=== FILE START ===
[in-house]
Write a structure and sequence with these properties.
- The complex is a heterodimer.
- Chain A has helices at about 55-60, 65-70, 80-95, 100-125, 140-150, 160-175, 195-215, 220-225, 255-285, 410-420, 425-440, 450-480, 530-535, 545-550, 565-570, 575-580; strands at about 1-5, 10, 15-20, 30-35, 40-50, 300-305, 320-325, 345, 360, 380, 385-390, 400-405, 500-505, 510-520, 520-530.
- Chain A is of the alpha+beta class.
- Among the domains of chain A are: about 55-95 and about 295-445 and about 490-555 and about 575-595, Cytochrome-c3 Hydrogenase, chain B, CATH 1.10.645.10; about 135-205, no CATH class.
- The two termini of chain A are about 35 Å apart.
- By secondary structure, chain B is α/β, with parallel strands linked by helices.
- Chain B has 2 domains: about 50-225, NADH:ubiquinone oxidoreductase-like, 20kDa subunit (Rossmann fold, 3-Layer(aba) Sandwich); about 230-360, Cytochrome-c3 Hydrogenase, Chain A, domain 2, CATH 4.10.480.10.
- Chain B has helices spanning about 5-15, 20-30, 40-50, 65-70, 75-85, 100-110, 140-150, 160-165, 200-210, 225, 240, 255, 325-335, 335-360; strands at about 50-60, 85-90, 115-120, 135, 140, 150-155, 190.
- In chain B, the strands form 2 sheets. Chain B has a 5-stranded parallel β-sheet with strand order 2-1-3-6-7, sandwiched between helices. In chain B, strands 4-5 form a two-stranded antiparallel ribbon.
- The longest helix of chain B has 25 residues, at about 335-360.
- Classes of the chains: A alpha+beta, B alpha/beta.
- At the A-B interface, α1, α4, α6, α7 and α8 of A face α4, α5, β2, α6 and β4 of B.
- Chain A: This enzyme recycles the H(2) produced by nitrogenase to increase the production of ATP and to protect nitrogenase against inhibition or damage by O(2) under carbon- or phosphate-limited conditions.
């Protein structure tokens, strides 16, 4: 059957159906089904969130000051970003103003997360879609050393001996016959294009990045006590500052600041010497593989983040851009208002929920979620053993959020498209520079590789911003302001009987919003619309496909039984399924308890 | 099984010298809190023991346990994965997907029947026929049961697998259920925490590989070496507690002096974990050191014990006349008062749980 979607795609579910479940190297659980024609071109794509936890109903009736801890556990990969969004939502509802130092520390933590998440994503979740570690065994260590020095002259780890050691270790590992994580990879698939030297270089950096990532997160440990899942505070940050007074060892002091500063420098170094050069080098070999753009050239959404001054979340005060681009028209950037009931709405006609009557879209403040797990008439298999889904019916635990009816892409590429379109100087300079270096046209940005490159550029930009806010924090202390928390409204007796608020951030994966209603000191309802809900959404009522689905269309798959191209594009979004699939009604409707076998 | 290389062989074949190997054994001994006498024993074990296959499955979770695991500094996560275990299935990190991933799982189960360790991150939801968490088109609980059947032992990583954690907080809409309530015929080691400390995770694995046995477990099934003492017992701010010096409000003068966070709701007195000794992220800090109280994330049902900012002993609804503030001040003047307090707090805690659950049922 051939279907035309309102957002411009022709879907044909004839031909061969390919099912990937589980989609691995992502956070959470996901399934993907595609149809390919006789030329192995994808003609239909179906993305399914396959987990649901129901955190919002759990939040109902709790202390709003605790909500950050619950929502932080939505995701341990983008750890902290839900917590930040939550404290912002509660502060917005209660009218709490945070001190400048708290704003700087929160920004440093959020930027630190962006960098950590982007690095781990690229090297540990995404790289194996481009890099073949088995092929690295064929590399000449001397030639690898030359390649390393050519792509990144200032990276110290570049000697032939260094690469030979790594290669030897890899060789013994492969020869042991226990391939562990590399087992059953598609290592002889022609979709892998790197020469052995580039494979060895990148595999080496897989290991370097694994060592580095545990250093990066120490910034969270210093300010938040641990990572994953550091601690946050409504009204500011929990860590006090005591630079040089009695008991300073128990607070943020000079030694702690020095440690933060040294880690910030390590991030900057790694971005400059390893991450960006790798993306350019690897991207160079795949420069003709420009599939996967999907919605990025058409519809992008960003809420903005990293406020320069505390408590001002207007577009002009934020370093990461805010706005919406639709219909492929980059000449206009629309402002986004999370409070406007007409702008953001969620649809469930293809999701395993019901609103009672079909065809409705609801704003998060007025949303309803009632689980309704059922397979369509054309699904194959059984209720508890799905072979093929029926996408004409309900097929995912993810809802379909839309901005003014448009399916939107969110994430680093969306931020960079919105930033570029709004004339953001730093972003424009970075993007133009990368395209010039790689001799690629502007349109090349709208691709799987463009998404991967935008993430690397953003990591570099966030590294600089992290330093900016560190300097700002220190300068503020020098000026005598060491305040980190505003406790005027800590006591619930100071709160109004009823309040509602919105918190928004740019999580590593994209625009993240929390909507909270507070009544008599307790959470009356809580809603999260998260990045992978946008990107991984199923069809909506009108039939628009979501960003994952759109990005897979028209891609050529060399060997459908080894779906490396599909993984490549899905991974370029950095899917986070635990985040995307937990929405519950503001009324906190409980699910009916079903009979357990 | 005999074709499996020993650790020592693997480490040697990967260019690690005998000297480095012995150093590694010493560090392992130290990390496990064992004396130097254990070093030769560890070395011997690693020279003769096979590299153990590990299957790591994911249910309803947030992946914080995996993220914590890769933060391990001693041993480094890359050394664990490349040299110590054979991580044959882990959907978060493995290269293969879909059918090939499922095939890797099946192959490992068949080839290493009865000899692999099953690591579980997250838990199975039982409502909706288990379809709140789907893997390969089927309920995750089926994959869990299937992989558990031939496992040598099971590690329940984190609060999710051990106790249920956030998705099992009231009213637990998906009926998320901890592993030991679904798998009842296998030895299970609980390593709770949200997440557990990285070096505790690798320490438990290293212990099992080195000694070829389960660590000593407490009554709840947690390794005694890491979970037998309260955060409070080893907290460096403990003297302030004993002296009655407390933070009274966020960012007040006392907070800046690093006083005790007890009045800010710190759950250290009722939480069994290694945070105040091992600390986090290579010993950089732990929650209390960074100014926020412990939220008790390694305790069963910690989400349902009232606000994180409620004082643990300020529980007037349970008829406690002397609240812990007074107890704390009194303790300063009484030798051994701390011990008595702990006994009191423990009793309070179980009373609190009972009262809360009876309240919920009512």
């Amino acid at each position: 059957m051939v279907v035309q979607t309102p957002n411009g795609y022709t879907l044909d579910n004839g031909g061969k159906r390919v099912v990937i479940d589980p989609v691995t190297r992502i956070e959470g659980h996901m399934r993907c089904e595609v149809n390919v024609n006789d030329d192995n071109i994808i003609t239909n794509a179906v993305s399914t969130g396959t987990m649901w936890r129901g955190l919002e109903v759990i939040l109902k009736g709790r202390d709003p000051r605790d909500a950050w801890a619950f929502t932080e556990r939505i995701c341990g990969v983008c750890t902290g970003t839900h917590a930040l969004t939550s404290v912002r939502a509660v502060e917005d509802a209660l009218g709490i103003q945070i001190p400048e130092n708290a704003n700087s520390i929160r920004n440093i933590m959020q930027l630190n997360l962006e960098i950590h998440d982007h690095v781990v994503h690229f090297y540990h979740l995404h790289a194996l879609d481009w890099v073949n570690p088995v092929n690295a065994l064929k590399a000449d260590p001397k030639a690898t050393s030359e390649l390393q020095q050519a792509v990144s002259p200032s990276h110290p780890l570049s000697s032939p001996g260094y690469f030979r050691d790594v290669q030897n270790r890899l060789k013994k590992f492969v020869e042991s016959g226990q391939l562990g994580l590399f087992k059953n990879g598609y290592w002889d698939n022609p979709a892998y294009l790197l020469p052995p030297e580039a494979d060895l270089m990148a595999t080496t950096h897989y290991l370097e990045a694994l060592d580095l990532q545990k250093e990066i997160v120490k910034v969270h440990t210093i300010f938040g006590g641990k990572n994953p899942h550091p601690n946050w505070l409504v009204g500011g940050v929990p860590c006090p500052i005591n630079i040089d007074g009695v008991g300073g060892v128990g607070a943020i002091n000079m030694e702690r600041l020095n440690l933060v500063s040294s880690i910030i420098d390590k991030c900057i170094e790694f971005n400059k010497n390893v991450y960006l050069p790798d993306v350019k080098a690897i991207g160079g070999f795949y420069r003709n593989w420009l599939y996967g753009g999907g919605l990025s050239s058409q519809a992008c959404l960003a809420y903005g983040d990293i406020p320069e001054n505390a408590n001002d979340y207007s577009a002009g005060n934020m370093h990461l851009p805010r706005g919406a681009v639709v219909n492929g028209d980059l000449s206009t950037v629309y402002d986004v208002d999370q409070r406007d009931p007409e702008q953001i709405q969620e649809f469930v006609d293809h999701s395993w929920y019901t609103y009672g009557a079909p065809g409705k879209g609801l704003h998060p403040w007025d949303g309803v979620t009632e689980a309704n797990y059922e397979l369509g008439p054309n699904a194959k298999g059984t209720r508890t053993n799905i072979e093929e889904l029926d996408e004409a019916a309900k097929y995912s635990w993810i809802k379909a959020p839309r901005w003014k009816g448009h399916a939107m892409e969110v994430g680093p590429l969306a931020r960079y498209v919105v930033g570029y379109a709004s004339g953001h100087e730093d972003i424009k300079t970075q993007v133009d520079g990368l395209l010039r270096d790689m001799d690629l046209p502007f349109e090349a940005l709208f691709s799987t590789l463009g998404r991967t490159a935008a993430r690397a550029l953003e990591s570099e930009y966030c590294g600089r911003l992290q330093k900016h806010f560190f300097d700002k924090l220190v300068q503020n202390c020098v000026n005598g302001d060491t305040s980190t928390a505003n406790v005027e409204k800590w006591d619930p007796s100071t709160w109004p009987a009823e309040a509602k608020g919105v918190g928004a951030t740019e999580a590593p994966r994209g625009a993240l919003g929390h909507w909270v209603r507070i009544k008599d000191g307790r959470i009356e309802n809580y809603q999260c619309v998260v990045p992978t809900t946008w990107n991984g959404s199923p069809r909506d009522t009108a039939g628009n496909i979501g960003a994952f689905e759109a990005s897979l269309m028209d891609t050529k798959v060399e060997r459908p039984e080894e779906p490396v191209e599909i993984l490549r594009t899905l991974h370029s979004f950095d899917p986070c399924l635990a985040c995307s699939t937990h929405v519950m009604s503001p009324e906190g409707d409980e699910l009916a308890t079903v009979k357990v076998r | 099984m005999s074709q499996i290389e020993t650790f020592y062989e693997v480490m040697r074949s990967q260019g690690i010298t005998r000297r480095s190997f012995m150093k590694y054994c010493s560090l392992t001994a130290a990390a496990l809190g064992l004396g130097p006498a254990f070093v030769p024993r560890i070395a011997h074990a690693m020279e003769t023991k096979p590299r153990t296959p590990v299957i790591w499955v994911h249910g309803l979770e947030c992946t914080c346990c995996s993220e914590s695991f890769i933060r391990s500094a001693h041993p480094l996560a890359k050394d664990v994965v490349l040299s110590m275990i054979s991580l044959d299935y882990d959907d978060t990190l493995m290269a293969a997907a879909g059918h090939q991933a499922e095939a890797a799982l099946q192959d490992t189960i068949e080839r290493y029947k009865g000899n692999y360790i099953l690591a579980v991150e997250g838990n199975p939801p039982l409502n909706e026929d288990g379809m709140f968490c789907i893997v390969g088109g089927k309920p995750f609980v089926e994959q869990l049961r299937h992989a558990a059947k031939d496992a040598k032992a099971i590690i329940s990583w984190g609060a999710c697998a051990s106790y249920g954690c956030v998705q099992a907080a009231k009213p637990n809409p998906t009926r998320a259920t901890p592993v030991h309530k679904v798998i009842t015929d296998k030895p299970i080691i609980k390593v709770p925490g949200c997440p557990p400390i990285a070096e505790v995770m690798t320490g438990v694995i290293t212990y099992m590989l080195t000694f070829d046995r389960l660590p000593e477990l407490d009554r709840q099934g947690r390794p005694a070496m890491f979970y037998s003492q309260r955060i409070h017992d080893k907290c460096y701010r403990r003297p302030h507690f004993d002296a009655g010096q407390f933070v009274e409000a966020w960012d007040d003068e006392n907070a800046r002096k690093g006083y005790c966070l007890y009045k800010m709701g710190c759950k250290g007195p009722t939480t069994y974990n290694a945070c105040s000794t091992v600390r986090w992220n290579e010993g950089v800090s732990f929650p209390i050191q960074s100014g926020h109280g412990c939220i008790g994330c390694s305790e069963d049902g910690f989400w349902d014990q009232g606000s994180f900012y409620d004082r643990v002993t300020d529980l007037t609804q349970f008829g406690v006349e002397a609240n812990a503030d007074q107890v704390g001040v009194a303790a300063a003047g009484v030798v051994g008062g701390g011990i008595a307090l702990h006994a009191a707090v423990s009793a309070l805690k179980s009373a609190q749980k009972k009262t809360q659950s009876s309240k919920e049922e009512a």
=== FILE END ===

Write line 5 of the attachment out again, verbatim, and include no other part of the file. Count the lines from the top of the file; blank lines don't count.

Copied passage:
- Chain A is of the alpha+beta class.